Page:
Matthew 21:1-9 / Philippians 2:5-11 / Matthew 26:36-75; 27:1-60
And Jesus again crying with a loud voice, yielded up the ghost.
As Matthew records the Passion, Jesus at the bitter end remains alone and desolate. The traitor, Judas Iscariot, although repenting of his part in the shedding of innocent blood, nonetheless abandons hope, and went and hanged himself with a halter. Peter, so vigorous in his protests that he would remain with Jesus even to the bitter even, even at the cost of his life, remembered the word of Jesus which He had said ... and going forth, he wept bitterly. Pilate, who found no crime in him nor case against him but more desirous of his own power and fearful of the mob, had long since washed his hand of the whole affair. The chief priests, the scribes, and the elders remained only long enough to mock him: He save others, Himself He cannot save; if He be the king of Israel, let Him now come down from the cross, and we will believe Him; He trusted in God, let Him now deliver Him if He will have Him; for He said: I am the Son of God. The crowd who remained can listen and watch only in utter misunderstanding: This man calleth Elias and Let be; let us see whether Elias will come to deliver Him. Even the woman who had been loyal to him in his ministry — Mary Magdalen, and Mary the mother of James and Joseph, and the mother of the sons of Zebedee as well as many women unnamed — nonetheless remain afar off, not close by to comfort him in his last hours. Joseph of Arimathea, so brave in facing Pilate afterward in requesting the body for burial, nonethess is not heard earlier in the Sanhedrin. Even God his Father seems curiously and tragically distant — My God, My God, why hast Thou forsaken Me?
There is no one who remains faithful to the end in Matthew's Gospel. There is not one faithful disciple who can claim to have stood by Jesus at every step of the way, who was willing, rather than coerced like Simon of Cyrene, to pick up his cross and walk with Jesus every step of the way to Golgotha, there to die forsaken and alone. In this, we know we are no different. We, who face dangers and challenges far less than those faced by Jesus' disciples and his fellow Jews at the time of his Passion, have rejected Jesus or remained afar off nonetheless. We have caved in to threats less pressing, to temptations less compelling than Judas' bag of silver, and we find ourselves far less willing to depart from the fruits of our sin than even the damnable betrayer was with his thirty pieces.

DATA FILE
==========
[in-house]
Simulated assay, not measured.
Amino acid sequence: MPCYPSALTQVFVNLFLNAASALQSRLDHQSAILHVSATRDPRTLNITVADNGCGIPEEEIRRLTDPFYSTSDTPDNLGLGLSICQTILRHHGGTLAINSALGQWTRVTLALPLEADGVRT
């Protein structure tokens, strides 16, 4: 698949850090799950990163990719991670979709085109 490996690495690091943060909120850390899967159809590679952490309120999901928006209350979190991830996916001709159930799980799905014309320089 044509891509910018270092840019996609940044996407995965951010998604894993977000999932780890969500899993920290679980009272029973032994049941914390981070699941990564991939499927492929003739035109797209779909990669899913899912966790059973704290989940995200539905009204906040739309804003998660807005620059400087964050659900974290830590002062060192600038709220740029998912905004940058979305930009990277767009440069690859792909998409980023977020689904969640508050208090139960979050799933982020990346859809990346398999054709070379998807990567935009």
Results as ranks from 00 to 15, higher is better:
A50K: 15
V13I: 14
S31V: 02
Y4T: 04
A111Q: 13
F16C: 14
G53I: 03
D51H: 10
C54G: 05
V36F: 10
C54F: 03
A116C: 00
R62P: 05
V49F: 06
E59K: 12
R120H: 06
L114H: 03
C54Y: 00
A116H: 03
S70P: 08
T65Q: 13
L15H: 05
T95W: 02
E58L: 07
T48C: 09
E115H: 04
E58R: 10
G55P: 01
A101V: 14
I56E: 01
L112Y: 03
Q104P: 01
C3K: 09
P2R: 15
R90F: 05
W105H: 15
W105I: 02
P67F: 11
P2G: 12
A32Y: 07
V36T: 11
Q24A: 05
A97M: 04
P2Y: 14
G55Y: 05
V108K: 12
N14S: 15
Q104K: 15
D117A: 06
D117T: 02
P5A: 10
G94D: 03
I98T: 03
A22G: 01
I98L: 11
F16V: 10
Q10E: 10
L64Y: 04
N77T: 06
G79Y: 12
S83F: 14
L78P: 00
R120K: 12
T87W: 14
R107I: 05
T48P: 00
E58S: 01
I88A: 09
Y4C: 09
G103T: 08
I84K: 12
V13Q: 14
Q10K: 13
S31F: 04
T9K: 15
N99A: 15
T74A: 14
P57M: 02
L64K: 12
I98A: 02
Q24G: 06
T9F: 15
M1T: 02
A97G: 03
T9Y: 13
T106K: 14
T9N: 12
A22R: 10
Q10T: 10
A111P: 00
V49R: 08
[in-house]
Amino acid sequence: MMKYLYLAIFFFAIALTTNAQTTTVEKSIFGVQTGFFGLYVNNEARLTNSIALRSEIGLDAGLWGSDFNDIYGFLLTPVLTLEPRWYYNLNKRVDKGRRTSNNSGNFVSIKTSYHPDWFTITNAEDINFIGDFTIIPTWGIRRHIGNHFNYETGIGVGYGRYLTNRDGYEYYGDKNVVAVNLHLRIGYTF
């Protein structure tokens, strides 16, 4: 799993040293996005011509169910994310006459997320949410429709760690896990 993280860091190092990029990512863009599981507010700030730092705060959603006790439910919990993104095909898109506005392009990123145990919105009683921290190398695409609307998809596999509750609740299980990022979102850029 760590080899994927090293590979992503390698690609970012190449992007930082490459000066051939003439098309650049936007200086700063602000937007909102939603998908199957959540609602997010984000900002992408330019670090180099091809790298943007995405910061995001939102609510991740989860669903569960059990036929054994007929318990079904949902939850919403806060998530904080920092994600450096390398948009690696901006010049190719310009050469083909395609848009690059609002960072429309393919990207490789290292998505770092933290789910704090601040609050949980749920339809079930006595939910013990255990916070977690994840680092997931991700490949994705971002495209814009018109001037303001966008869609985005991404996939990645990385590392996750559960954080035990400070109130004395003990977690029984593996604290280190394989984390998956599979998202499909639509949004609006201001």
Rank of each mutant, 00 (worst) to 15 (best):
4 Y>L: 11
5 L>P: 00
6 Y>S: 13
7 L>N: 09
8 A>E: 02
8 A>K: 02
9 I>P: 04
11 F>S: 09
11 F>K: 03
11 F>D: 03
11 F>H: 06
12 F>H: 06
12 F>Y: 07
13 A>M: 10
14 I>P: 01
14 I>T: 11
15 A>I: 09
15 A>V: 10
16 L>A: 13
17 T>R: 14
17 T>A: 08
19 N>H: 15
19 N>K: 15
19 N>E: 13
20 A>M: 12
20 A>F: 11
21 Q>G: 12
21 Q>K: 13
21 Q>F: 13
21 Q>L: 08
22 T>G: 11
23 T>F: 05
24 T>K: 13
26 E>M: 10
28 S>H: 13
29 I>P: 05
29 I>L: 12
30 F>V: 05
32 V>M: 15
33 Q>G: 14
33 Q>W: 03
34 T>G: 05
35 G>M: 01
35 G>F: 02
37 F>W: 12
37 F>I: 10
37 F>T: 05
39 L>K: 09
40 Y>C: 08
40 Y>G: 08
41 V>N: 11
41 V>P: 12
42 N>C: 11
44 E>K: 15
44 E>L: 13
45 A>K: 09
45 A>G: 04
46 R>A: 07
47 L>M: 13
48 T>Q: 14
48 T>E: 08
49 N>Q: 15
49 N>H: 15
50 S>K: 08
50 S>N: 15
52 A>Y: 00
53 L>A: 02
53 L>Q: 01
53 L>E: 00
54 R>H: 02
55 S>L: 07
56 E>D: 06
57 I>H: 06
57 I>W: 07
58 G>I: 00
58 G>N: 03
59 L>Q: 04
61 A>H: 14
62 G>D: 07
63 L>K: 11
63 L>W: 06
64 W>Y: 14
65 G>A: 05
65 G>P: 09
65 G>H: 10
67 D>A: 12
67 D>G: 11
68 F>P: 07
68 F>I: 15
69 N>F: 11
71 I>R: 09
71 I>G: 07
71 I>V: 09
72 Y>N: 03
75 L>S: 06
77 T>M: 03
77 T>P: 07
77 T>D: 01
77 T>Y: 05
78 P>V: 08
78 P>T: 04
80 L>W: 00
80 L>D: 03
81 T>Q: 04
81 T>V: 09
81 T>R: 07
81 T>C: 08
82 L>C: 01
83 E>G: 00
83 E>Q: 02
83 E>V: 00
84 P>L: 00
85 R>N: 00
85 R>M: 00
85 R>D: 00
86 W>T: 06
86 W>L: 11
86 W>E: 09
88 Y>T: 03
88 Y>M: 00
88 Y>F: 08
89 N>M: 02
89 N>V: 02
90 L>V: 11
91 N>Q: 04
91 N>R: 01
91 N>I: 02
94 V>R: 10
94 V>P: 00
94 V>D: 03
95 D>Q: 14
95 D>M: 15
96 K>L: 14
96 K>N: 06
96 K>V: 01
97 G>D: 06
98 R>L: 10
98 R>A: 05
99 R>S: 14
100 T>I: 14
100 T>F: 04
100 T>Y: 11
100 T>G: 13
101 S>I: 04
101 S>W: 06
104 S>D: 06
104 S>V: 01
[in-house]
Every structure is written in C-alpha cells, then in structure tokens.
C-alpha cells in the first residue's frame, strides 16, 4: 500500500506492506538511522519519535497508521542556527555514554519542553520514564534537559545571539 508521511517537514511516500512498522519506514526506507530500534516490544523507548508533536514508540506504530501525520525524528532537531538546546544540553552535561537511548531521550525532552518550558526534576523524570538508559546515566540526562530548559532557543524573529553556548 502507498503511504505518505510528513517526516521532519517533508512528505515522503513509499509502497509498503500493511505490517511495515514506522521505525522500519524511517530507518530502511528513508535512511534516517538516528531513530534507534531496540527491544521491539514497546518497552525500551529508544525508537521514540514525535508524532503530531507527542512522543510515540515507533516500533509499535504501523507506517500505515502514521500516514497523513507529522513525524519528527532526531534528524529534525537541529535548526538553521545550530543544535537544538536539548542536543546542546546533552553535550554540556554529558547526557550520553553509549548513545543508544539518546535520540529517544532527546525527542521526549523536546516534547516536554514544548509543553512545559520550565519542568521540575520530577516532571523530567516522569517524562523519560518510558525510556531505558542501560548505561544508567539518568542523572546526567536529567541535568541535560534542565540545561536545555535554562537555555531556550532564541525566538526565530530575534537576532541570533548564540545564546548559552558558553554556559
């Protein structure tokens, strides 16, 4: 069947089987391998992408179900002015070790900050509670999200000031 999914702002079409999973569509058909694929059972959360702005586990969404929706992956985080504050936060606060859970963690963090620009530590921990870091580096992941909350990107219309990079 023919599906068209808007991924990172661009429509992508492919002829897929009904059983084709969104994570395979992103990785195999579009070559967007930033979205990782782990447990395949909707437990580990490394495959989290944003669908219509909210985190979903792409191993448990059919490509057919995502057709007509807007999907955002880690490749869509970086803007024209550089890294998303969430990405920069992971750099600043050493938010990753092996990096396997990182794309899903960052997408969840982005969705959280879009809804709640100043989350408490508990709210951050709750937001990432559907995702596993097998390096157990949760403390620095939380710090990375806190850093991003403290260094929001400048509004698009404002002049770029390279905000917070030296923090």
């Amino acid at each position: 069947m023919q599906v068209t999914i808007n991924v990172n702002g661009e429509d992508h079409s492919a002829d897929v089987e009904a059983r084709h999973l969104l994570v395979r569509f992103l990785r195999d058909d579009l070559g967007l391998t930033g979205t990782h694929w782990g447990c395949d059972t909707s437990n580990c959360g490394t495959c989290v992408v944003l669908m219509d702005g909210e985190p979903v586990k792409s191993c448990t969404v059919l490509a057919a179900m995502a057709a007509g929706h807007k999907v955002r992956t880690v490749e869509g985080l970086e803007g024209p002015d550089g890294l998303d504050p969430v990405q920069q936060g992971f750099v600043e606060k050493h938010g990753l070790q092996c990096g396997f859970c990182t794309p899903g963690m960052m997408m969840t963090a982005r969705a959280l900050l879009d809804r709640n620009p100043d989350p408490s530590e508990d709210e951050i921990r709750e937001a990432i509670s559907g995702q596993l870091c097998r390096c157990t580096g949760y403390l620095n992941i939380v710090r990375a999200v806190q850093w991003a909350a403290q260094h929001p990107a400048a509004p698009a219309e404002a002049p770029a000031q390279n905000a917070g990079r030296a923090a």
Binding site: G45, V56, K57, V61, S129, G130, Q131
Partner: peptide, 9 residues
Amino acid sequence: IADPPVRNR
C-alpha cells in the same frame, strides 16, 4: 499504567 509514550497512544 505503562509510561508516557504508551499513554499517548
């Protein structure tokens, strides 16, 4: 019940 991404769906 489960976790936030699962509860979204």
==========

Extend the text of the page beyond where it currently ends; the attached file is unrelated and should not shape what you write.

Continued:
Yet, this is Good News. As desolate as our tragic and terrible denial of Jesus may be, the mystery we celebrate this day is the fact that it is precisely for such as these, for such as us, that Jesus died so painfully upon the cross. Even as there is no one who can claim with any right to have been there with him, all the way through, so there is no one to whom his mercy does not extend. Now is the time to set down, once and for all, this last defense of our sinful self. Now is the time to refuse that part of our heart that urges us to feel especially dark and despondent, as we have failed yet once again to be more fervent disciples of Jesus Christ through our broken and halfhearted embrace of Lent. The death of Jesus, abandoned on his cross, scatters those foolish and deadly excuses. We are forgiven in his blood, and by his death, even we have been called to life eternal.
Stop the excuses. Delay no longer. Christ died once for all that you may live. Embrace him, give thanks, and live!